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09 de septiembre de 2010

Agricultural Loan Program Brings Sri Lankan Rice Farmers Record High Revenues

WOCCU Employs Value Chain Linkages to Benefit Small Farmers

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 Sri Lankan rice farmers
Shirani Somalatha, pictured above with her husband, joined Women's Co-op's agricultural lending program after a drought drastically reduced her family's rice harvest. The following year, they increased their yield by 86%, Shirani repaid her loan in full and was able to deposit about US$1,000 into savings.

COLOMBO, Sri Lanka — World Council of Credit Unions (WOCCU) has helped small-scale farmers in Sri Lanka increase their revenues up to 71% by developing an agricultural lending program that combines lending with technical assistance and market relationships and introduces higher-yield, higher-profit rice varieties for farmers. WOCCU established the agricultural lending program in Sri Lanka's north-central region with 10 branches of Women's Development Services Co-operative Society Limited (Women's Co-op), a credit union owned and operated entirely by and for women.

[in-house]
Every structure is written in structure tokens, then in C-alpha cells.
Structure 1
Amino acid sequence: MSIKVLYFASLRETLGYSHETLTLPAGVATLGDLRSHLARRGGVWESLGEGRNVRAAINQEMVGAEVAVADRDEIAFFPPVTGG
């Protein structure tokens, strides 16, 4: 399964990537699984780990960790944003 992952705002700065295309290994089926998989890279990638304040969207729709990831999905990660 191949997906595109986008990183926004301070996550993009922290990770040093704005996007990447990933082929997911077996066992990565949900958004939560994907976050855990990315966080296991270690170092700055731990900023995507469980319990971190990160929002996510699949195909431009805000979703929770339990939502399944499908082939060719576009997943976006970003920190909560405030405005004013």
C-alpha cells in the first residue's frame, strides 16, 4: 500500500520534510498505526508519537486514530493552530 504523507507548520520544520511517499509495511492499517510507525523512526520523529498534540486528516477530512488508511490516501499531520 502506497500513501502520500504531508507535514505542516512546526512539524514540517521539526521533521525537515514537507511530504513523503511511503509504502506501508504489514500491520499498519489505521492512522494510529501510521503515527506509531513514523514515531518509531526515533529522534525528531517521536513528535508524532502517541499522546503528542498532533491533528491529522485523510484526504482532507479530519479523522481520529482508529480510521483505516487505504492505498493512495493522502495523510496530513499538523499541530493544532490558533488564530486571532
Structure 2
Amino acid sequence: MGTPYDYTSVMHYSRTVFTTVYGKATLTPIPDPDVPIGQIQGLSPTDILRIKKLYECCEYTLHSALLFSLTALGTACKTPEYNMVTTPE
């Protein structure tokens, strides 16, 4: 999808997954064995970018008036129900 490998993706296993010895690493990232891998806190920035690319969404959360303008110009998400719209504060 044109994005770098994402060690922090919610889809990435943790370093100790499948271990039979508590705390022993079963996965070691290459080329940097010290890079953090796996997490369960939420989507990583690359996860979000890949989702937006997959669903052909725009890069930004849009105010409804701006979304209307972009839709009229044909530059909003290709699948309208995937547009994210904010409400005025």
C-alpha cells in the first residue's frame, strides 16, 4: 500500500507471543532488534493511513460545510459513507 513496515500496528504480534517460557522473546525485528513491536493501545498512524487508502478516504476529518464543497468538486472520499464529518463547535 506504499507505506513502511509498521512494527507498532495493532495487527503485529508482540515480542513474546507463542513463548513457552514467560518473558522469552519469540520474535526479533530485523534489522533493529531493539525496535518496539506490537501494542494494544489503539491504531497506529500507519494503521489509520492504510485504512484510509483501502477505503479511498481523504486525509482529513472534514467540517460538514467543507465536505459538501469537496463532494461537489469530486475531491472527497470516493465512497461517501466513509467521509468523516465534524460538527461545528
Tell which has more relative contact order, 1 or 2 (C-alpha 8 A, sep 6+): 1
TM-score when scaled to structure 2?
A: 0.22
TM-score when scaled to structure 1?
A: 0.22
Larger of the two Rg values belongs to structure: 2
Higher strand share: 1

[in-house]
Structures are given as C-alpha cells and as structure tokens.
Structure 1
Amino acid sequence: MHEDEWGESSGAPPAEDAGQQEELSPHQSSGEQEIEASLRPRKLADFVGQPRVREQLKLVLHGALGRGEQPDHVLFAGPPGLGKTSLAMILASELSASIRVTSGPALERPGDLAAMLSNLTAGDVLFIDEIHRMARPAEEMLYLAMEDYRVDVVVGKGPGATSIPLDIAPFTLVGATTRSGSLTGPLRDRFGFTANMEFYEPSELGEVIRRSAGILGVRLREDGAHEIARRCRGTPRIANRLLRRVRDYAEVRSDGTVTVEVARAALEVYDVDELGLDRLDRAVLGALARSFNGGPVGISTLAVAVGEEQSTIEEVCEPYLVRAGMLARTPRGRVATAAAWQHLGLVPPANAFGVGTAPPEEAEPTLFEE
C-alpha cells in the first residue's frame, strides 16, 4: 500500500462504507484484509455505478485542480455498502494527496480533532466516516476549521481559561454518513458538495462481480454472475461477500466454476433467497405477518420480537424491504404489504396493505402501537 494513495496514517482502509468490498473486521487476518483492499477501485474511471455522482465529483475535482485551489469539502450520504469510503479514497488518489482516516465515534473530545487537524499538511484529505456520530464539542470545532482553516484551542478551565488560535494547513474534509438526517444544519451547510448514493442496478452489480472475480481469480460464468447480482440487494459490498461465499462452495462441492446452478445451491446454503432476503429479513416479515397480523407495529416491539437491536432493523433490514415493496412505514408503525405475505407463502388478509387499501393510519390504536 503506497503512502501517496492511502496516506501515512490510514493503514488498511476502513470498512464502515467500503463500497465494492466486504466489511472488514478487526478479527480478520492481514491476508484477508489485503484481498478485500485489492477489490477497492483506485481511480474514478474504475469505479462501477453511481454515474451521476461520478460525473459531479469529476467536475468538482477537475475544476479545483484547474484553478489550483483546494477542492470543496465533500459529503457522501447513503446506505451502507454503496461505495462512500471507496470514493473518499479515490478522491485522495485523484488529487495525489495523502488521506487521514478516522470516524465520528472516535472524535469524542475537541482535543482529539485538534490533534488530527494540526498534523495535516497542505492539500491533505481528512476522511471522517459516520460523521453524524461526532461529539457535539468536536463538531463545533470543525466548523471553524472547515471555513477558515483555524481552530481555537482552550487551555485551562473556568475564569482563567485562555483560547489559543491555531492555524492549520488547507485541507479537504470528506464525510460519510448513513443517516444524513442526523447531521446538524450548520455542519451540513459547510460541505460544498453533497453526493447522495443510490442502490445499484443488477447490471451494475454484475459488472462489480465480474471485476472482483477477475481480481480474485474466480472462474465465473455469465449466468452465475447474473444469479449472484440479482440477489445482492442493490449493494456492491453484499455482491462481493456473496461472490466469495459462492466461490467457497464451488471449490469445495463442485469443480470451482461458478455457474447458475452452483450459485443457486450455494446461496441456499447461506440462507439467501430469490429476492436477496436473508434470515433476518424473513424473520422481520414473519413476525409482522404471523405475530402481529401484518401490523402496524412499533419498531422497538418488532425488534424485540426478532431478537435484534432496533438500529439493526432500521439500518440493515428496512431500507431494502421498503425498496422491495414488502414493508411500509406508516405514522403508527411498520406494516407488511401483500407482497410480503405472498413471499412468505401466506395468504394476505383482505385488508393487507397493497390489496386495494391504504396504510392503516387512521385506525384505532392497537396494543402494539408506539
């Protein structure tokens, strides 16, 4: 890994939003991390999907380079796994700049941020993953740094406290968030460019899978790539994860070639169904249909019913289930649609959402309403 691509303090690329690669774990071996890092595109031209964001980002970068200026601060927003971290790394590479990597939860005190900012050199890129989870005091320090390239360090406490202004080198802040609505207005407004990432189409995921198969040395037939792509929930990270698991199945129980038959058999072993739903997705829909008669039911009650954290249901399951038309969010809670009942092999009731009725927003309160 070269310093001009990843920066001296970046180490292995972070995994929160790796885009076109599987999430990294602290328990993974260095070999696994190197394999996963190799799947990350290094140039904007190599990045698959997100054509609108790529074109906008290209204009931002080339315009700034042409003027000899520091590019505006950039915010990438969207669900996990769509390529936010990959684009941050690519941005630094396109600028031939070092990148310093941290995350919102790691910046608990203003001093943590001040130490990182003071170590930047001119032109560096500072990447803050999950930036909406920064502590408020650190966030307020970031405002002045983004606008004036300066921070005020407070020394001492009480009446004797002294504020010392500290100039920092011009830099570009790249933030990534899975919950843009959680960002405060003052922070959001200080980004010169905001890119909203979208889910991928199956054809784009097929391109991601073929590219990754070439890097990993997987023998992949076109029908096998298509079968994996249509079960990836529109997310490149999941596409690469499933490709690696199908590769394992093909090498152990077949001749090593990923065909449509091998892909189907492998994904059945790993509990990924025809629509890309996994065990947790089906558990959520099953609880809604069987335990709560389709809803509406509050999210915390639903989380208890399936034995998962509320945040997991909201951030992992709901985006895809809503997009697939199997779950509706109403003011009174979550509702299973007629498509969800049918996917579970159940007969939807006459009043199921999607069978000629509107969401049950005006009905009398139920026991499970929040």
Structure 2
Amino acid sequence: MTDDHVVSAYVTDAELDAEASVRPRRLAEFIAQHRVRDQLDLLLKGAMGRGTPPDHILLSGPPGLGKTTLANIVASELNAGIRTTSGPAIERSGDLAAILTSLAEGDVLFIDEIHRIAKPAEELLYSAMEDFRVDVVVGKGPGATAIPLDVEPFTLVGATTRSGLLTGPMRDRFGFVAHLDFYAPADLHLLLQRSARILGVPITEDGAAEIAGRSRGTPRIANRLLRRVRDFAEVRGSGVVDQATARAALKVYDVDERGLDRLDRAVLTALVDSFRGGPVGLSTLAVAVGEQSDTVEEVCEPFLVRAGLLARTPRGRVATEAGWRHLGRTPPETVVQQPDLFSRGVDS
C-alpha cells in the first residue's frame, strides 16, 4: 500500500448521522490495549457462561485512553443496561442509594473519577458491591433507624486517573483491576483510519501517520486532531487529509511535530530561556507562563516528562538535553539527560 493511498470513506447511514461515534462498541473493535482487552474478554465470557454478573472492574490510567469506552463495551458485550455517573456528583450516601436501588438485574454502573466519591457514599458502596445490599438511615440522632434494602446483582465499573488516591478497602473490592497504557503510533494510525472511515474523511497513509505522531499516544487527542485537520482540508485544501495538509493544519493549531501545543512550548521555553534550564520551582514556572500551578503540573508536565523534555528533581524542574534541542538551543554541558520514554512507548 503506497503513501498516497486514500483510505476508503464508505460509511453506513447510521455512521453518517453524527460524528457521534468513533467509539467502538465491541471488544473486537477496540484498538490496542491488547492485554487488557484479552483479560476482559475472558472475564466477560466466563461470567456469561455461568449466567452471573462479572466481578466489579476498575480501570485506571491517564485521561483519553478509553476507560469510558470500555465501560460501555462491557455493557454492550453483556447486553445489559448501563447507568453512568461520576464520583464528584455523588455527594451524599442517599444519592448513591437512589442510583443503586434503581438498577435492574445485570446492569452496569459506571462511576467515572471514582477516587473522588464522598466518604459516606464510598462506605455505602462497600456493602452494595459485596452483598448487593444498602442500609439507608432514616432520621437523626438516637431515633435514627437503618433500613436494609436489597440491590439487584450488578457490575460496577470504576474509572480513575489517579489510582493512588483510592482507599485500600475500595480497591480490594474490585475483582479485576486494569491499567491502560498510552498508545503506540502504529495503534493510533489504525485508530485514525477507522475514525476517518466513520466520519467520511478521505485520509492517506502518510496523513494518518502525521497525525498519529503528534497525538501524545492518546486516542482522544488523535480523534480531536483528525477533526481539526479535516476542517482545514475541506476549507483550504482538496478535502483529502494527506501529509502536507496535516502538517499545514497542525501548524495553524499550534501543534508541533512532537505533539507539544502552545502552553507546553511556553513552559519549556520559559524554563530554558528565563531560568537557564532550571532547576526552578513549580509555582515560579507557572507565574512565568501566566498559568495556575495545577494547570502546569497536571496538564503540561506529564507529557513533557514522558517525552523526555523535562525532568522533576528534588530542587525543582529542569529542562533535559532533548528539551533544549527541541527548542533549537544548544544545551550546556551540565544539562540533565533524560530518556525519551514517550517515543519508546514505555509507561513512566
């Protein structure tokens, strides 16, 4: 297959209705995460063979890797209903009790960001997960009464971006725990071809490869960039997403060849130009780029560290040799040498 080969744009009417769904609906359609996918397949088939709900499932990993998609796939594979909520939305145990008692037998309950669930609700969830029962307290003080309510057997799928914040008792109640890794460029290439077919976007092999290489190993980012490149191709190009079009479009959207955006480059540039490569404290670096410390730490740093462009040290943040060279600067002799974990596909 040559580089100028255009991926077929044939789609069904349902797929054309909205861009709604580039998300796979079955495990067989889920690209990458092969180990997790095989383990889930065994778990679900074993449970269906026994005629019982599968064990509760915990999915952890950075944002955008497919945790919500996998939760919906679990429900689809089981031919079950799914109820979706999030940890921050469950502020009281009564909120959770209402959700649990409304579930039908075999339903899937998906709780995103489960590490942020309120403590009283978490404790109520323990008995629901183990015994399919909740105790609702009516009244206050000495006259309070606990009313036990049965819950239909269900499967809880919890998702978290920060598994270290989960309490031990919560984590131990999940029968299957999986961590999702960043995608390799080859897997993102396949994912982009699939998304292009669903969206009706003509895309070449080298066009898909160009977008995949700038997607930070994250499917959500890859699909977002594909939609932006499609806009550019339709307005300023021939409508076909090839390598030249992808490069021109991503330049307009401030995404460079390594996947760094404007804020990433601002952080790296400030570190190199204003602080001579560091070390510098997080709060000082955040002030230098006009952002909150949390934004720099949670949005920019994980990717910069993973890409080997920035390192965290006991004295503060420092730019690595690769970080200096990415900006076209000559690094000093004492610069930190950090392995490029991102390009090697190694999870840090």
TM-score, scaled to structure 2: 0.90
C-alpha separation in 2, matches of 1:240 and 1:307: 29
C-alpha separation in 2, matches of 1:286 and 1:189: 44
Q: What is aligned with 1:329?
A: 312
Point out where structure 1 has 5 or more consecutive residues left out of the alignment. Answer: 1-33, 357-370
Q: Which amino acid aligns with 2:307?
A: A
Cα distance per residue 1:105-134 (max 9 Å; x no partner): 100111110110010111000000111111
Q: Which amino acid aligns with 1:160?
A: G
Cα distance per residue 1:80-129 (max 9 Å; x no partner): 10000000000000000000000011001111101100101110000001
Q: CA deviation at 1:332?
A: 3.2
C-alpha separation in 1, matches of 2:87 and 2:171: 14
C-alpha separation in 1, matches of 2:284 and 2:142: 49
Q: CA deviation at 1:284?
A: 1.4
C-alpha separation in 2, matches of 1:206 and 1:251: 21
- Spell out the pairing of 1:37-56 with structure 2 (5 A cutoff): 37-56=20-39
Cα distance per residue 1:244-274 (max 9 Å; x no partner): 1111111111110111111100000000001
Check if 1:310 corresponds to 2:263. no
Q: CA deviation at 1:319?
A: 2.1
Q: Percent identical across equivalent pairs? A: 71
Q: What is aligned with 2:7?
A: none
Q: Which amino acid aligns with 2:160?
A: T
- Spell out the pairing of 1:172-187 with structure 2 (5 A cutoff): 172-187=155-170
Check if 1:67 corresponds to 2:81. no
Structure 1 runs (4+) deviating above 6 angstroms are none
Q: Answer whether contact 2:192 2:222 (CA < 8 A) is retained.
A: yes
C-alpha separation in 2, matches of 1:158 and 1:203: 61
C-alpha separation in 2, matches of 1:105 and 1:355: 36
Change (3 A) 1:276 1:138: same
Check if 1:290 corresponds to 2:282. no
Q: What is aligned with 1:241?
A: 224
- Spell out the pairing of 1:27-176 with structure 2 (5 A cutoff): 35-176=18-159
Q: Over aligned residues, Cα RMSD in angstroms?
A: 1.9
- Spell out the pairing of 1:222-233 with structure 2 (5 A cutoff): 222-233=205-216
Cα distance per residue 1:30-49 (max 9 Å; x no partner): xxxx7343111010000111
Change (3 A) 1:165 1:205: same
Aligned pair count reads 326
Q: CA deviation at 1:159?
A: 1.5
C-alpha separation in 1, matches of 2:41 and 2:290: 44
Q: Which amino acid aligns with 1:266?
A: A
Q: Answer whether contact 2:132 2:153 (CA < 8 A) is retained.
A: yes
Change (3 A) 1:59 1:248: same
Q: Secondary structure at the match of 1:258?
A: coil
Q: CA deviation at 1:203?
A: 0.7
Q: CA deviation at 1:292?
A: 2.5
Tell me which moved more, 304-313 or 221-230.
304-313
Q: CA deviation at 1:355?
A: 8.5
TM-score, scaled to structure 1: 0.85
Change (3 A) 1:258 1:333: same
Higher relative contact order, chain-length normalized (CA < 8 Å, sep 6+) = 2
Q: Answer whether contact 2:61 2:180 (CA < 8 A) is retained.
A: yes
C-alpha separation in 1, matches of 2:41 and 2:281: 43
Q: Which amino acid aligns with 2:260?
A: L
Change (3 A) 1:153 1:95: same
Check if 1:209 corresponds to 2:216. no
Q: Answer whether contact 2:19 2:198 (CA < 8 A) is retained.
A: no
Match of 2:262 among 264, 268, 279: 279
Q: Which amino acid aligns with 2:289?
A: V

With funding from the U.S. Department of Agriculture, WOCCU worked with Women's Co-op to develop the robust agricultural lending program and disburse the first batch of loans totaling US$36,000 to 192 member farmers in November 2009. After a successful season, Women's Co-op lent an additional US$105,000 to 309 farmers in May 2010.

Suresh Wijesinghe, deputy director of WOCCU's program in Sri Lanka, stressed the value and positive economic impact of the agricultural lending program in the lives of Women's Co-op members during a session at a U.S. Overseas Cooperative Development Council conference in May. According to Wijesinghe, Women's Co-op members have improved agricultural production technology and found new market relationships and financing through value chains, a series of entities that take a crop from field to market.